Does the Intelligence Community Really Get Hadoop?

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Intelligence experts say the government needs to hire more data scientists to keep up with the big-data savvy private sector.

The intelligence community is collecting more data than ever. But does that mean the intelligence gleaned from these massive new stores of data is also getting better?

Intelligence officials are naturally a little tight-lipped about the types of capabilities at their disposal. But current and former officials agreed the intelligence community’s foray into big data – using new tools to collect, process and parse through data on a massive scale – remains a work in progress.

For one thing, the intelligence community needs more data scientists, according to John Custer, the retired Army major general and former director of intelligence for U.S. Central Command. He spoke at a panel discussion last week hosted by Nextgov and the Intelligence and National Security Alliance.

The Harvard Business Review proclaimed data scientist the “sexiest job of the 21st century,” but the government hasn’t exactly picked up on the trend.

“I know of no military service or agency” – outside of a few federally funded research and development centers – “who has any educational process or training program for data scientists," said Custer, who’s now the director of EMC’s federal division. "So we're going to buy them, plain and simple. And they're incredibly expensive. We should be training people as data scientists.”

Traditional Role of Analyst Changing

The kind of applications and tools necessary to sift through petabytes of data – one petabyte equals the storage capacity of tens of thousands of iPhones – will also require a different breed of intelligence analysts, he said.

"We're not talking about your ESPN app on your smartphone – a hundred lines of JavaScript,” he said. “We're talking about applications that have to be equal to your 'Star Trek' Universal Translator,” he said. They have to speak multiple languages, and they have to query a host of different kinds of databases. This is graduate-level work.”

One of those applications is Hadoop, open-source software designed to help process massive datasets built across clusters of commodity servers, which is used by tech giants such as Facebook and Twitter.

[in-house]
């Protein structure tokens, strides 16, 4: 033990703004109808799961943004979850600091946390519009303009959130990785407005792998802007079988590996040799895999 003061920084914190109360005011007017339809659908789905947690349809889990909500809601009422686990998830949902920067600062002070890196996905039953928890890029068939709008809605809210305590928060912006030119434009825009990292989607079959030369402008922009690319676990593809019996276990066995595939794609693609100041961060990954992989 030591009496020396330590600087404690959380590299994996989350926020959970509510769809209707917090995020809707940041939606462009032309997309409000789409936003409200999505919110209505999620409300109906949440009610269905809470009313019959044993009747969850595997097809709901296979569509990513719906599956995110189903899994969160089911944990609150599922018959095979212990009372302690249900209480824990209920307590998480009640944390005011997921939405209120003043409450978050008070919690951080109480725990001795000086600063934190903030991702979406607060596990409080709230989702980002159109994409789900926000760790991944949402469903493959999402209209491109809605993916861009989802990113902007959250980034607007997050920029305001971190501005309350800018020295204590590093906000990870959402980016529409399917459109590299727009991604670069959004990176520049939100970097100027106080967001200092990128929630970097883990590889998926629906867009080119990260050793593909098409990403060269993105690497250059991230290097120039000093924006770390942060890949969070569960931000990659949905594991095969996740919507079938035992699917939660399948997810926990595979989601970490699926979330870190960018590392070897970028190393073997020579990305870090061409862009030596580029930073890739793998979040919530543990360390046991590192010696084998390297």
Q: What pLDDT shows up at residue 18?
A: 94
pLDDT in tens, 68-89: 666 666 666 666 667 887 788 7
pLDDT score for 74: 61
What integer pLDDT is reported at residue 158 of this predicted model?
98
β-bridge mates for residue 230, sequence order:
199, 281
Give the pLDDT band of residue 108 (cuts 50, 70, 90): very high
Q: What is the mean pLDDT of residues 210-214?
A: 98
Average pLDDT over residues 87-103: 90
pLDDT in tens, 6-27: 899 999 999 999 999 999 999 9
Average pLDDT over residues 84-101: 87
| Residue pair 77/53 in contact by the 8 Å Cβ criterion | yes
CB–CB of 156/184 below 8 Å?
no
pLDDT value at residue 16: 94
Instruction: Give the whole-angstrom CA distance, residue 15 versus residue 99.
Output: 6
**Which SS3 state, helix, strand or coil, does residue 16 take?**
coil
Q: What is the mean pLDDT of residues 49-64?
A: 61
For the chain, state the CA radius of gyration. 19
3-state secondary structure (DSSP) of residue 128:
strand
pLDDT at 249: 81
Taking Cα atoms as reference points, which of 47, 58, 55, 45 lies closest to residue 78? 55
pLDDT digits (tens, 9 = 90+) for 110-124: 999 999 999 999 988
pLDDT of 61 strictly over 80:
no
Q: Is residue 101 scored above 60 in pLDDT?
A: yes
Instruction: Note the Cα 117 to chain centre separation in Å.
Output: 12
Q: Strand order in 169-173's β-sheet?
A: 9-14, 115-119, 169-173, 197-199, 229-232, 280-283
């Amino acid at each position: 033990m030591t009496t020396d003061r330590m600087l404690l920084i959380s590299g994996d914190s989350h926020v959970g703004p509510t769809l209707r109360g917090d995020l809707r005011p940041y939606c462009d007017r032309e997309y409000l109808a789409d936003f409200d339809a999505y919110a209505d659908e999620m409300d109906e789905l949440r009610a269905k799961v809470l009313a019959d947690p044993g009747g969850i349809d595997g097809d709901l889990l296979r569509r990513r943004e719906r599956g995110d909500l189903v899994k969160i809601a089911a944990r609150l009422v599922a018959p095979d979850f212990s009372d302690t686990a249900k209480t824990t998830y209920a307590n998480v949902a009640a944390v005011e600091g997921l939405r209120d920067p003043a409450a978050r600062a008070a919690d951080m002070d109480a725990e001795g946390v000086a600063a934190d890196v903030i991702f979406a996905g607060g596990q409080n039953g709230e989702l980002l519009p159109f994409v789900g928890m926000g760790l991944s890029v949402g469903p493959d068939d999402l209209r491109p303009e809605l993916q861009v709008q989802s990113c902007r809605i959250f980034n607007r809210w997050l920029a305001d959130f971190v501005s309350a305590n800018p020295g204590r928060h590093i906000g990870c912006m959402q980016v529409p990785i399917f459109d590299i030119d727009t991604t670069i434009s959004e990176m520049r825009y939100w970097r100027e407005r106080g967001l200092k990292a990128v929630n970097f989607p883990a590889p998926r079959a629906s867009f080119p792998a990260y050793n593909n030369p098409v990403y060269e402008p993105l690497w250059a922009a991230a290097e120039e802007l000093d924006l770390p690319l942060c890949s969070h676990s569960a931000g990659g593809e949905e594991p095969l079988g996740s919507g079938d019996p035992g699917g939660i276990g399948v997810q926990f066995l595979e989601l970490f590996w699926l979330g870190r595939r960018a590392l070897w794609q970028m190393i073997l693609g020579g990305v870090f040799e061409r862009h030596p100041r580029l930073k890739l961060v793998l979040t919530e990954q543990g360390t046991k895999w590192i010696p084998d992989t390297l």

The National Security Agency has reportedly been an early adopter and robust user of Hadoop.

But Custer said the intelligence community as a whole has only scratched the surface of its capability – and traditional intelligence analysts are still largely left in the dark.

“Analysts have no concept of it,” he said. “None. I guarantee you can talk to 99 percent of analysts and they have no idea what Hadoop can do for them; they don't even know what Hadoop is."

NGA: We’re Ready for More Data

Ellen McCarthy, chief operating officer of the National Geospatial-Intelligence Agency, acknowledged the intelligence community “may not be keeping pace with the private sector” when it comes to big data, but suggested the percentage of analysts familiar with Hadoop and other big-data analysis tools was much higher than 1 percent.

"Not all of our analysts would be able to define Hadoop, but they certainly understand the expectation that they're going to have to operate in a different way,” she said. “And there are analysts that are absolutely pushing back. But I have to say for the most part, our analysts are very excited about the future, because most of them were hired post-9/11 and they understand that this is the world that we live in.”

NGA, which is responsible for creating and collecting geospatial intelligence, such as satellite imagery, has queried industry and academia on developing new analytic capabilities through its online “GEOINT Solutions Marketplace,” McCarthy said.

"We're an agency that wants more data, which I'll tell maybe wasn't the case five years ago, where I think we were very afraid of the data,” she added, in part because the agency simply didn’t have the analytic capabilities to make sense of it all.

What Can the IC Learn … From Nike?

But for now, if you want to see some truly cutting-edge uses of big data in action, simply head to the mall, experts suggested.

"I look at what business does with big data and I think, although the intel community three years ago was on the cusp of understanding it, business has far surpassed it,” Custer said.

Look at Nike, he said.

"In the past … you bought your Nike gear because you thought Michael Jordan was a cool guy,” he said. “It was purely transactional. It was all about the purchase. Now, Nike offers online data platforms: pedometers, wrist-pods, music downloads to increase your performance. It's all about interaction.”

The same holds true with Amazon, which helpfully predicts customers’ next purchase by dissecting millions of data points about what previous customers bought. Or retail giant Target, which famously “knew” of a teen girl's pregnancy before her father based on a few telltale purchases.

"It's really important to understand that we live in a world where there is no longer just one haystack,” said John Jolly, 20-year veteran of the defense industry who’s now a principal at NC3. “In the past, the intelligence community had a tremendous asymmetric advantage. They led in many technology areas – in imagery, in computing ... We're in a period now where that's not going to be able to happen anymore.”

(Image via Bloomua/Shutterstock.com)

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